News / Middle East

UN Chief: Syria Strikes Could Worsen Civil War

United Nations Secretary-General Ban Ki-moon speaks about the Syria conflict during a news conference at the U.N. Headquarters in New York, Sept. 3, 2013.United Nations Secretary-General Ban Ki-moon speaks about the Syria conflict during a news conference at the U.N. Headquarters in New York, Sept. 3, 2013.
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United Nations Secretary-General Ban Ki-moon speaks about the Syria conflict during a news conference at the U.N. Headquarters in New York, Sept. 3, 2013.
United Nations Secretary-General Ban Ki-moon speaks about the Syria conflict during a news conference at the U.N. Headquarters in New York, Sept. 3, 2013.
VOA News
United Nations Secretary General Ban Ki-moon is warning world leaders against what he called "ill-considered" military action in Syria, saying it could worsen the country's civil war.

 Ban made his comments Friday at a humanitarian meeting on the sidelines of the G20 summit in Russia, where President Barack Obama is trying to win international support for possible military strikes against Syria.

The U.N. chief warned against "further militarization of the conflict," saying that military strikes "could lead to serious and tragic consequences, and with an increased threat of further sectarian violence."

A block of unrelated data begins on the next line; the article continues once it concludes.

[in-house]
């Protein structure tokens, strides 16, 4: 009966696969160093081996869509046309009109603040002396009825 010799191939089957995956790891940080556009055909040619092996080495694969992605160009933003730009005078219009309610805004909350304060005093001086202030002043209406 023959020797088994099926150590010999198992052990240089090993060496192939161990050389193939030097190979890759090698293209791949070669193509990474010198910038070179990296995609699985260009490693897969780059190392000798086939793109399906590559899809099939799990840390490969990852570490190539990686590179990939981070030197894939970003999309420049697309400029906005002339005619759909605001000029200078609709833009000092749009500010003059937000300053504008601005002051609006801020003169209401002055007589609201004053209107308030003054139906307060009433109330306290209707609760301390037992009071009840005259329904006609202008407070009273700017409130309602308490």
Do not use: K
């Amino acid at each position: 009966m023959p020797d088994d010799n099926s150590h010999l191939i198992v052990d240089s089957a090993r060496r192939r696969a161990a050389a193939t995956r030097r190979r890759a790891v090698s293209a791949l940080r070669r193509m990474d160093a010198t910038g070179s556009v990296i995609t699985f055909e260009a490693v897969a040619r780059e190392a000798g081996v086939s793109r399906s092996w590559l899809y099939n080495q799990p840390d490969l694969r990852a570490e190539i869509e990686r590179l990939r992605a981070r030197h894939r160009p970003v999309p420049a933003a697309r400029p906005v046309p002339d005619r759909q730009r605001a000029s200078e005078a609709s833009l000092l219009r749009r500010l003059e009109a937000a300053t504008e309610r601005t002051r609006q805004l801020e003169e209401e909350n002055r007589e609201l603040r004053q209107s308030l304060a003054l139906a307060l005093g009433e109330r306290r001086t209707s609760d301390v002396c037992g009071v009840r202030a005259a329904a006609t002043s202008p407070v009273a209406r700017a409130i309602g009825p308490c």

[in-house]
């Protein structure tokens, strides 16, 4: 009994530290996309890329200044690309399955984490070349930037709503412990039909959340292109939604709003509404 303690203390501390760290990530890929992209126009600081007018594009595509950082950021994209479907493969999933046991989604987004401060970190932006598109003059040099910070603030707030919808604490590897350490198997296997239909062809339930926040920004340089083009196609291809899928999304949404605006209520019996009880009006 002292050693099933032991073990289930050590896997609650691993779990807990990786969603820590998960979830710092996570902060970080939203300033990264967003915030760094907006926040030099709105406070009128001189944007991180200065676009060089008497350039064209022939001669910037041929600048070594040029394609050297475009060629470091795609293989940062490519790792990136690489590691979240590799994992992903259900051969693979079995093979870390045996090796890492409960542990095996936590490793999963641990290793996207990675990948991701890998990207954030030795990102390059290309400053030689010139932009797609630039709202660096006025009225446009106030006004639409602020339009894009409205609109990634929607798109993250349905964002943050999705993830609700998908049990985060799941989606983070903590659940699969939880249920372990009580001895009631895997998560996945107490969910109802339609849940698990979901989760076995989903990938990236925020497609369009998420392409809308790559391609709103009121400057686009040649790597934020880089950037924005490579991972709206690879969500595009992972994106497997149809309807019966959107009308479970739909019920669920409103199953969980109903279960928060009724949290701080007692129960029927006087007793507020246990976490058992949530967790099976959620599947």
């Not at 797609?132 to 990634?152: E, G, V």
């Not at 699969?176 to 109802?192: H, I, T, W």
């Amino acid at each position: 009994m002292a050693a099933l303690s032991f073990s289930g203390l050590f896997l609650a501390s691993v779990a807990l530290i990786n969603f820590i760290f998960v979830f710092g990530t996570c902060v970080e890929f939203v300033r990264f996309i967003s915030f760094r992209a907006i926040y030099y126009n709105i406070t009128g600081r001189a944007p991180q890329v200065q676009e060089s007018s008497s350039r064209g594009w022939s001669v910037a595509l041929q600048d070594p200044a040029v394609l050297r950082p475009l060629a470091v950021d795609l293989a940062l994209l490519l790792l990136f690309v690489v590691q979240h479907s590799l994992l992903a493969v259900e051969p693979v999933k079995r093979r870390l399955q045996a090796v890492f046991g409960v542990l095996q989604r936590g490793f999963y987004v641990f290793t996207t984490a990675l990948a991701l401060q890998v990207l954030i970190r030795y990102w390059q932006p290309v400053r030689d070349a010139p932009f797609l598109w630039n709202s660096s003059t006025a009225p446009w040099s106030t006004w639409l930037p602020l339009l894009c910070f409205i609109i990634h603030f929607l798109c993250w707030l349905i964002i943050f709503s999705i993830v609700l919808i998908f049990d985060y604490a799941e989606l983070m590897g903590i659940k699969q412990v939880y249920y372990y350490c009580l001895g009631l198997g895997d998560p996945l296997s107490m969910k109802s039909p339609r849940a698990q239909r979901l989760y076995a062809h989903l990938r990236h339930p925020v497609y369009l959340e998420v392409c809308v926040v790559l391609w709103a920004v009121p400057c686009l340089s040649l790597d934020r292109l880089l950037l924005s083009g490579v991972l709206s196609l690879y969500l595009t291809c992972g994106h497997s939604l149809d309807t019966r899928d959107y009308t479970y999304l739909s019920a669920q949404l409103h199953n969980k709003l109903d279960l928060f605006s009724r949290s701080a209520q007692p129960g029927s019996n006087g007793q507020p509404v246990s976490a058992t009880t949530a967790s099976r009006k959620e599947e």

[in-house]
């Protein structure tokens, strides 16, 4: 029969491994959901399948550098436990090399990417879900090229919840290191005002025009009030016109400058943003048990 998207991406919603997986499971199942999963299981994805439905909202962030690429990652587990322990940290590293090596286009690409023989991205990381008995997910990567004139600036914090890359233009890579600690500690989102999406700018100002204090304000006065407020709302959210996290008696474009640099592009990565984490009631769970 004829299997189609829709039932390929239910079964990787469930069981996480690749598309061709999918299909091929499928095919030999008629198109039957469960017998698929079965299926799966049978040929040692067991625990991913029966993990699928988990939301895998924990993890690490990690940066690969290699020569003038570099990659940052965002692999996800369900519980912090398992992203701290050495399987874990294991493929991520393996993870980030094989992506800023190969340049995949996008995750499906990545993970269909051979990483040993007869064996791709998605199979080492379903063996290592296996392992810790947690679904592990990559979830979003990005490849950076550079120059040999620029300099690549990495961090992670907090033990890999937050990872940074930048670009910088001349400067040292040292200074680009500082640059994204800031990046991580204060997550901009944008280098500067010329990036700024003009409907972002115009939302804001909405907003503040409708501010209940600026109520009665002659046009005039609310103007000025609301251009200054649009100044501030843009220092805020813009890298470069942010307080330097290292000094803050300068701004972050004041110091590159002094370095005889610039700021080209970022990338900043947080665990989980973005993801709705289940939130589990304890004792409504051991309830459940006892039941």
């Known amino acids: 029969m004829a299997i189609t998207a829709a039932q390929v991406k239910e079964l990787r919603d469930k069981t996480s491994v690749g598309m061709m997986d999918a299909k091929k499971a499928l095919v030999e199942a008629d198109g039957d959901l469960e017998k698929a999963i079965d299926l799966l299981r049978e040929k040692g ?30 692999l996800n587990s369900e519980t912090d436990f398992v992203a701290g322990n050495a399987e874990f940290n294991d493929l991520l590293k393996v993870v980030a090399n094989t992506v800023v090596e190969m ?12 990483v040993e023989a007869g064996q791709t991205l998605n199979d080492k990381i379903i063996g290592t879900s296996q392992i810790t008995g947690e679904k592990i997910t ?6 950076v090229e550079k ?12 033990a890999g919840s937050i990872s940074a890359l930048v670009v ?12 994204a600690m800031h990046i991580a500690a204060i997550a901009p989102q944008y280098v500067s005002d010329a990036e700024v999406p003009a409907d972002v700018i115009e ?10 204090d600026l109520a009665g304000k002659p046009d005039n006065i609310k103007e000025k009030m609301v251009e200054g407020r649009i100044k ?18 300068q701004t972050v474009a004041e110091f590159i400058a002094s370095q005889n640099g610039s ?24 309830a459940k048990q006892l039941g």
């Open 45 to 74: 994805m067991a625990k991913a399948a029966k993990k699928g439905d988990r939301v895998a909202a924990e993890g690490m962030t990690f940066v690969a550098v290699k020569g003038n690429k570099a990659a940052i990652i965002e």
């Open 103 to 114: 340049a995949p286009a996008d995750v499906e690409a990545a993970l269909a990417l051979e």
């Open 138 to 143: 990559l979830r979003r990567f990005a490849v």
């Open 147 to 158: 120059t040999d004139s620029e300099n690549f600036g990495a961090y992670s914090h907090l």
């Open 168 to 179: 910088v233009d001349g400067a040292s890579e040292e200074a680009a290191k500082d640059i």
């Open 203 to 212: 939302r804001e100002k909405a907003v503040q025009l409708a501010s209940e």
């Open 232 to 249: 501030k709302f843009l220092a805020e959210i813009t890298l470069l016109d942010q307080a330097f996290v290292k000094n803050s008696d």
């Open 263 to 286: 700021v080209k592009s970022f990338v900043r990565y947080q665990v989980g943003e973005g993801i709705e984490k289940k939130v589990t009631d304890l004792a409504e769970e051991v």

U.N. special envoy for Syria Lakhdar Brahimi is also attending the conference in St. Petersburg to help Ban push for a international peace conference to help end the two and a half year-long civil war.

Global uncertainty

World leaders remained deeply divided over the Syrian crisis following the first day of the economic summit. Diplomats say a working dinner discussion on Syria lasted well into the night Thursday, with each side reiterating their position.

President Obama is looking to build a global coalition in support of military strikes against the government of President Bashar al-Assad, who the White House believes carried out a chemical weapons attack last month that killed more than 1,400 people.

Russia, Syria's main ally, has led opposition to the U.S. plan. President Vladimir Putin says there is no evidence Assad carried out the attack.  Obama and Putin shook hands and smiled for the cameras Thursday, but there were no meetings scheduled between the two leaders for the summit's final day.

Obama continues push

President Obama is set to meet Friday with Chinese President Xi Jinping, who opposes the strikes, and French President Francois Hollande, who supports them. The U.S. State Department said this week the White House plan has the support of nine countries, including France, Canada, Turkey and Australia.

Russia and China both have cast vetoes at the Security Council to defeat Western efforts to hold the Syrian government responsible for the wholesale slaughter of civilians caught up in the conflict.

Obama will hold a news conference Friday before flying back to Washington, where he is also seeking to convince U.S. lawmakers to authorize Syria military action. A key U.S. Senate panel approved the plan Wednesday. But it now faces a tough vote in both houses of Congress, likely next week.

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